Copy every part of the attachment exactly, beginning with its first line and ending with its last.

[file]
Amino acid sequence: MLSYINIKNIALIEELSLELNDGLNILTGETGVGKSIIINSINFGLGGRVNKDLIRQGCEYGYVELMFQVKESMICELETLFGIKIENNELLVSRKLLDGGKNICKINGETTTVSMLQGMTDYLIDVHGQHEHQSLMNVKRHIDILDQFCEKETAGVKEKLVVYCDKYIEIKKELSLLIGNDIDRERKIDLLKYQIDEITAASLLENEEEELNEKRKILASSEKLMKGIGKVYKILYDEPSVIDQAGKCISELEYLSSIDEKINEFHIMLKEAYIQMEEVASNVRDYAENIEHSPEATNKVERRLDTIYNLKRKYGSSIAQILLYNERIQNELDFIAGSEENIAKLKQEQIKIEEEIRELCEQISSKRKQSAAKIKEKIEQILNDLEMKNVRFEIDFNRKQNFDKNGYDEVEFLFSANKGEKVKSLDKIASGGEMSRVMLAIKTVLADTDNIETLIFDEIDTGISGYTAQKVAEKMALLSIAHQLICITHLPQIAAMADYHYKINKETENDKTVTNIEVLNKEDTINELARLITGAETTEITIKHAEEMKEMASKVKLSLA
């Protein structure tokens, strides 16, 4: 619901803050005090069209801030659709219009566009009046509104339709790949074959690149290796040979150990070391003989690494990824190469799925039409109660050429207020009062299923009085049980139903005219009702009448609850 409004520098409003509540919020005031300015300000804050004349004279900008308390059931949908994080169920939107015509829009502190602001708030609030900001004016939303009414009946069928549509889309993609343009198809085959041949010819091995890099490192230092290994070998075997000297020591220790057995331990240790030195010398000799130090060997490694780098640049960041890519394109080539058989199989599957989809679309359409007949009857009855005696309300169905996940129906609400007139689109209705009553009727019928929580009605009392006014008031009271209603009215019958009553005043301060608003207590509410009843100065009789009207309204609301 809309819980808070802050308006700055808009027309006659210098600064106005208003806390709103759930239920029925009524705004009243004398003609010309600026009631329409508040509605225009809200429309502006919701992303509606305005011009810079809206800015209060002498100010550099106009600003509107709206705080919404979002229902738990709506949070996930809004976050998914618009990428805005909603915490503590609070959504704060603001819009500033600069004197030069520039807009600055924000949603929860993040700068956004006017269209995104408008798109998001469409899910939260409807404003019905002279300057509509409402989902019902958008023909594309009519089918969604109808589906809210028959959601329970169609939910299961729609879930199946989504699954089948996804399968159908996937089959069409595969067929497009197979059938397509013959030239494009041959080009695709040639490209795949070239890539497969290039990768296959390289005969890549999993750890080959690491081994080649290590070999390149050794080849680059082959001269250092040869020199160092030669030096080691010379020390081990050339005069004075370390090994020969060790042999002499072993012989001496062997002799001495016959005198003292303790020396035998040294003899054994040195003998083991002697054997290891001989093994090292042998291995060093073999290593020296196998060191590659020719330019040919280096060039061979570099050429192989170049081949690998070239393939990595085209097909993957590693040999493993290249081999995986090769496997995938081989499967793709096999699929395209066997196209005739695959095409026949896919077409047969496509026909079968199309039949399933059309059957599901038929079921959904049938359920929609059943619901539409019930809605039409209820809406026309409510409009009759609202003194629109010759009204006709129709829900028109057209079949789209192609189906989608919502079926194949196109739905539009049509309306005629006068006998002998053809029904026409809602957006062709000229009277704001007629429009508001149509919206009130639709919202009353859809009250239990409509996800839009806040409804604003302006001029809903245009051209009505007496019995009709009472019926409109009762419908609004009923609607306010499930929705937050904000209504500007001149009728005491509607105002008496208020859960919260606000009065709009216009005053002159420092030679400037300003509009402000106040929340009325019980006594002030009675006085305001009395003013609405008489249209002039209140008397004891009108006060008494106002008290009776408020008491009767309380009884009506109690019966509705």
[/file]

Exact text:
Amino acid sequence: MLSYINIKNIALIEELSLELNDGLNILTGETGVGKSIIINSINFGLGGRVNKDLIRQGCEYGYVELMFQVKESMICELETLFGIKIENNELLVSRKLLDGGKNICKINGETTTVSMLQGMTDYLIDVHGQHEHQSLMNVKRHIDILDQFCEKETAGVKEKLVVYCDKYIEIKKELSLLIGNDIDRERKIDLLKYQIDEITAASLLENEEEELNEKRKILASSEKLMKGIGKVYKILYDEPSVIDQAGKCISELEYLSSIDEKINEFHIMLKEAYIQMEEVASNVRDYAENIEHSPEATNKVERRLDTIYNLKRKYGSSIAQILLYNERIQNELDFIAGSEENIAKLKQEQIKIEEEIRELCEQISSKRKQSAAKIKEKIEQILNDLEMKNVRFEIDFNRKQNFDKNGYDEVEFLFSANKGEKVKSLDKIASGGEMSRVMLAIKTVLADTDNIETLIFDEIDTGISGYTAQKVAEKMALLSIAHQLICITHLPQIAAMADYHYKINKETENDKTVTNIEVLNKEDTINELARLITGAETTEITIKHAEEMKEMASKVKLSLA
């Protein structure tokens, strides 16, 4: 619901803050005090069209801030659709219009566009009046509104339709790949074959690149290796040979150990070391003989690494990824190469799925039409109660050429207020009062299923009085049980139903005219009702009448609850 409004520098409003509540919020005031300015300000804050004349004279900008308390059931949908994080169920939107015509829009502190602001708030609030900001004016939303009414009946069928549509889309993609343009198809085959041949010819091995890099490192230092290994070998075997000297020591220790057995331990240790030195010398000799130090060997490694780098640049960041890519394109080539058989199989599957989809679309359409007949009857009855005696309300169905996940129906609400007139689109209705009553009727019928929580009605009392006014008031009271209603009215019958009553005043301060608003207590509410009843100065009789009207309204609301 809309819980808070802050308006700055808009027309006659210098600064106005208003806390709103759930239920029925009524705004009243004398003609010309600026009631329409508040509605225009809200429309502006919701992303509606305005011009810079809206800015209060002498100010550099106009600003509107709206705080919404979002229902738990709506949070996930809004976050998914618009990428805005909603915490503590609070959504704060603001819009500033600069004197030069520039807009600055924000949603929860993040700068956004006017269209995104408008798109998001469409899910939260409807404003019905002279300057509509409402989902019902958008023909594309009519089918969604109808589906809210028959959601329970169609939910299961729609879930199946989504699954089948996804399968159908996937089959069409595969067929497009197979059938397509013959030239494009041959080009695709040639490209795949070239890539497969290039990768296959390289005969890549999993750890080959690491081994080649290590070999390149050794080849680059082959001269250092040869020199160092030669030096080691010379020390081990050339005069004075370390090994020969060790042999002499072993012989001496062997002799001495016959005198003292303790020396035998040294003899054994040195003998083991002697054997290891001989093994090292042998291995060093073999290593020296196998060191590659020719330019040919280096060039061979570099050429192989170049081949690998070239393939990595085209097909993957590693040999493993290249081999995986090769496997995938081989499967793709096999699929395209066997196209005739695959095409026949896919077409047969496509026909079968199309039949399933059309059957599901038929079921959904049938359920929609059943619901539409019930809605039409209820809406026309409510409009009759609202003194629109010759009204006709129709829900028109057209079949789209192609189906989608919502079926194949196109739905539009049509309306005629006068006998002998053809029904026409809602957006062709000229009277704001007629429009508001149509919206009130639709919202009353859809009250239990409509996800839009806040409804604003302006001029809903245009051209009505007496019995009709009472019926409109009762419908609004009923609607306010499930929705937050904000209504500007001149009728005491509607105002008496208020859960919260606000009065709009216009005053002159420092030679400037300003509009402000106040929340009325019980006594002030009675006085305001009395003013609405008489249209002039209140008397004891009108006060008494106002008290009776408020008491009767309380009884009506109690019966509705």